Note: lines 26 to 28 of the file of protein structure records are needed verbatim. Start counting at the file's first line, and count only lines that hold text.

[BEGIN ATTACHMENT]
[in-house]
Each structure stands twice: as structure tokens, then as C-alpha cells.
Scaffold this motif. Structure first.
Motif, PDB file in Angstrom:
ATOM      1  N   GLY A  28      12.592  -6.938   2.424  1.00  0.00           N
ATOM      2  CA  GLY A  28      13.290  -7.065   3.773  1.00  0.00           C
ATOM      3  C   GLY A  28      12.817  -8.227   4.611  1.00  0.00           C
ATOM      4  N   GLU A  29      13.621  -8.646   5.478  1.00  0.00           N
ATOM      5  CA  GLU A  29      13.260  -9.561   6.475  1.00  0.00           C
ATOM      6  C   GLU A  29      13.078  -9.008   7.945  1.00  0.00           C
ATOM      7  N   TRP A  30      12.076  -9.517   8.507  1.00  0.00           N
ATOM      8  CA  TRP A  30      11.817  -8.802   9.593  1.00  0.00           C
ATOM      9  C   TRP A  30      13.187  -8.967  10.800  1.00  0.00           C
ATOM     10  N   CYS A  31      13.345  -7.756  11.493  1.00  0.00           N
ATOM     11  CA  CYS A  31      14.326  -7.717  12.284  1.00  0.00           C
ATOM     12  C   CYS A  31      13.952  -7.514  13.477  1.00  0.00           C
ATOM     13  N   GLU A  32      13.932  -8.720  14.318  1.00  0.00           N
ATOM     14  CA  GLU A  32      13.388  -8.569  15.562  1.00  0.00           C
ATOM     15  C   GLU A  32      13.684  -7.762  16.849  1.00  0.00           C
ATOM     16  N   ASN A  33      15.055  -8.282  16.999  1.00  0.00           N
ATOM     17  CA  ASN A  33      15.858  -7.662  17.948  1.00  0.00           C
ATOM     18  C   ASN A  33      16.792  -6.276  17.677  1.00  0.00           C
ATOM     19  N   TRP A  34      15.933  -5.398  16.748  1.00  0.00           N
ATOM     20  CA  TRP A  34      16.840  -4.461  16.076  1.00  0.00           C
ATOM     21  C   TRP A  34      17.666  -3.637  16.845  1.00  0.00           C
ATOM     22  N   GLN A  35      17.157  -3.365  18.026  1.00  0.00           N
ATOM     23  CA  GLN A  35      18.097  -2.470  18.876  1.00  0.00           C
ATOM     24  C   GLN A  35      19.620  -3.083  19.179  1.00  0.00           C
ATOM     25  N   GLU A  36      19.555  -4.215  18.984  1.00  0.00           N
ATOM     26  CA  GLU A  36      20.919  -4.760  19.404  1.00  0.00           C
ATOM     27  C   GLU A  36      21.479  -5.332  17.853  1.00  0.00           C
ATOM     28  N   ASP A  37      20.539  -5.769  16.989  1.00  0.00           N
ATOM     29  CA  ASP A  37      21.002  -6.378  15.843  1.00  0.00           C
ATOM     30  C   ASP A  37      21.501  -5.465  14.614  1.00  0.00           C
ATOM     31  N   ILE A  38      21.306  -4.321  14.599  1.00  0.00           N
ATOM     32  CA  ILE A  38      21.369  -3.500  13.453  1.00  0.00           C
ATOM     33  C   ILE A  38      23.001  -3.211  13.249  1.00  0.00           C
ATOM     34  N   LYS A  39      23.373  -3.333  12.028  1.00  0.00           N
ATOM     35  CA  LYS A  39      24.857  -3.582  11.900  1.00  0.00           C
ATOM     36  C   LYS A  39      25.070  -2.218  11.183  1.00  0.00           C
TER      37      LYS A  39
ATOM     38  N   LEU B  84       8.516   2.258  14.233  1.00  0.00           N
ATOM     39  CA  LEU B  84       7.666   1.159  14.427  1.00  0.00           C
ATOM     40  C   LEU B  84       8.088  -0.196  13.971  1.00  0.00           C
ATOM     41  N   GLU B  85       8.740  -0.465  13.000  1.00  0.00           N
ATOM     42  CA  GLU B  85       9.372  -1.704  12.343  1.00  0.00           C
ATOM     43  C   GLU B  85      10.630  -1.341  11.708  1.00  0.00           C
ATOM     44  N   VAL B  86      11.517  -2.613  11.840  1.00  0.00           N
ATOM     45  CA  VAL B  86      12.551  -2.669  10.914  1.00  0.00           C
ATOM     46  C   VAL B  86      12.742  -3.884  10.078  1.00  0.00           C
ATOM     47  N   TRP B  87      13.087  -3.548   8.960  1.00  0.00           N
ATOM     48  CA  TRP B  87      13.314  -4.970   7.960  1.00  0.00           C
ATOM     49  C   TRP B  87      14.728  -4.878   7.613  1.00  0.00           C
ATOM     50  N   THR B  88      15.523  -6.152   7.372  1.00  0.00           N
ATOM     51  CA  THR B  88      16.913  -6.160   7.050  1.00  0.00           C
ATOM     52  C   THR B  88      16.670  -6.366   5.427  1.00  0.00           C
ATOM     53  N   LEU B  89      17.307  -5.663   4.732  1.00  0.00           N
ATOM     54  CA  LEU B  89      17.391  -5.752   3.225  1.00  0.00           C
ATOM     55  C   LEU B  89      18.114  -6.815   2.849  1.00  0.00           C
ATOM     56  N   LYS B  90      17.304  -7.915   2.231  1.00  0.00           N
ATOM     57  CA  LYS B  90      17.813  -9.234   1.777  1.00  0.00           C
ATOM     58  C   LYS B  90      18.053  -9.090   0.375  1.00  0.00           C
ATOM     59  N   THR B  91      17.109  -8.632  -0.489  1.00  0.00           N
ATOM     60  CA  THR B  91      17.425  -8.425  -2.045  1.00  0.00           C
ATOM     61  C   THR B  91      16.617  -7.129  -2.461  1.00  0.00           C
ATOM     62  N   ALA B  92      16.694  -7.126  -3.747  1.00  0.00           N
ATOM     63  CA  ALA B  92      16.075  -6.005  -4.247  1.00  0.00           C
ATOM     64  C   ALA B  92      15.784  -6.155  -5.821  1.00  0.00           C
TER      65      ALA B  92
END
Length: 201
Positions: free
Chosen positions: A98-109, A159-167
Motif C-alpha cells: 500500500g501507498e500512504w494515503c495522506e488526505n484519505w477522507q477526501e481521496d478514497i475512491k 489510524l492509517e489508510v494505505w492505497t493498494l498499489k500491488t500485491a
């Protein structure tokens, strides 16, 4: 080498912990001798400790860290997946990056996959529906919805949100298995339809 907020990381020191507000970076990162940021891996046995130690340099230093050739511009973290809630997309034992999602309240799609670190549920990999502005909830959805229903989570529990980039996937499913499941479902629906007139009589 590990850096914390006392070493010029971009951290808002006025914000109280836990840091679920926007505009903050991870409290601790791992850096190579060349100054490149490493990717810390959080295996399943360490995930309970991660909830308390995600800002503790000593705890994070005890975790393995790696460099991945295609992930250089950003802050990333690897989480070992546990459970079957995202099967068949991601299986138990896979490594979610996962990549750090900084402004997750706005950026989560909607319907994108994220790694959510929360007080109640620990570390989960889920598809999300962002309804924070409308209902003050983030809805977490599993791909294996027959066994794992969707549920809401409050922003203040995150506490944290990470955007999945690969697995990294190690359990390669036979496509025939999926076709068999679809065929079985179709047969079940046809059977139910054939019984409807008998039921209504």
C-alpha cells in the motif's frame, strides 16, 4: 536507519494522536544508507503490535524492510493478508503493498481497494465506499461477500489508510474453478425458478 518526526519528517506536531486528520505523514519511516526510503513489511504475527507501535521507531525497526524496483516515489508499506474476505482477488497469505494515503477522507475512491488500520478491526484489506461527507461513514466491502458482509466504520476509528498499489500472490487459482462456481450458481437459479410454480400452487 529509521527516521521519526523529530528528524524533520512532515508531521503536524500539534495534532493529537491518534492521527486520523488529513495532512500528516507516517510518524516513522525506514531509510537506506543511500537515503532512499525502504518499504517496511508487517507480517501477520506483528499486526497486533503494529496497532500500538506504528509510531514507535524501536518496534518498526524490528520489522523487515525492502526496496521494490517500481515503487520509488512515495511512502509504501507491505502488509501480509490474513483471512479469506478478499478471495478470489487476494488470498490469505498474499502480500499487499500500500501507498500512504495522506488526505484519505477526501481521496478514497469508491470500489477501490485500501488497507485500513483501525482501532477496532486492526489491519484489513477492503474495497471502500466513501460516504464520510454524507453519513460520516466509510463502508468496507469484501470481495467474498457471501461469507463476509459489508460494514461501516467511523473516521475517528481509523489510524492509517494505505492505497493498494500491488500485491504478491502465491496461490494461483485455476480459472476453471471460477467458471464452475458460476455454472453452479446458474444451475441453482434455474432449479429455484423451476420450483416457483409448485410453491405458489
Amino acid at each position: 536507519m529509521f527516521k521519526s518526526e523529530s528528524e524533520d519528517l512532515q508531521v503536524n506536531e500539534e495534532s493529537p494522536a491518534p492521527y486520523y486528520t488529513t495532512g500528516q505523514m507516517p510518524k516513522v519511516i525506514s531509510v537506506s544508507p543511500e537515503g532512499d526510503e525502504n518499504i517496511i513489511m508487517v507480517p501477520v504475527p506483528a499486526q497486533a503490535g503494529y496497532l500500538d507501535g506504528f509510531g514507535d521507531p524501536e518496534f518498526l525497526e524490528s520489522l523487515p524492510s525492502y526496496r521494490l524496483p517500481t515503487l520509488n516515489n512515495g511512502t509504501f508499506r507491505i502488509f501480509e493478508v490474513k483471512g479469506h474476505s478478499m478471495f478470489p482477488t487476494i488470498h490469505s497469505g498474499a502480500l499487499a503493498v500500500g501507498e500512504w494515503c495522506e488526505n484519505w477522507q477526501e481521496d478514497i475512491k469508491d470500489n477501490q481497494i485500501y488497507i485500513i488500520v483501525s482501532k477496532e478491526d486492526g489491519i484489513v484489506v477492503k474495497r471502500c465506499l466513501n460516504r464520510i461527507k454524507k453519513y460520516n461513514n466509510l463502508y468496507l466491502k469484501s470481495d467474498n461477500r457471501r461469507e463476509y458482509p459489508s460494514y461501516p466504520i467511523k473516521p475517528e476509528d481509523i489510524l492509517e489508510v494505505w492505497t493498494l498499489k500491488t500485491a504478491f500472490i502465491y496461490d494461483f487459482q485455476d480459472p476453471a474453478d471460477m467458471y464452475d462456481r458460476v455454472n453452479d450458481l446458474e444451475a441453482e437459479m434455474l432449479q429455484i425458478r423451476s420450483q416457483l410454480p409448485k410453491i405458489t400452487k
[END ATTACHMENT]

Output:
ATOM     22  N   GLN A  35      17.157  -3.365  18.026  1.00  0.00           N
ATOM     23  CA  GLN A  35      18.097  -2.470  18.876  1.00  0.00           C
ATOM     24  C   GLN A  35      19.620  -3.083  19.179  1.00  0.00           C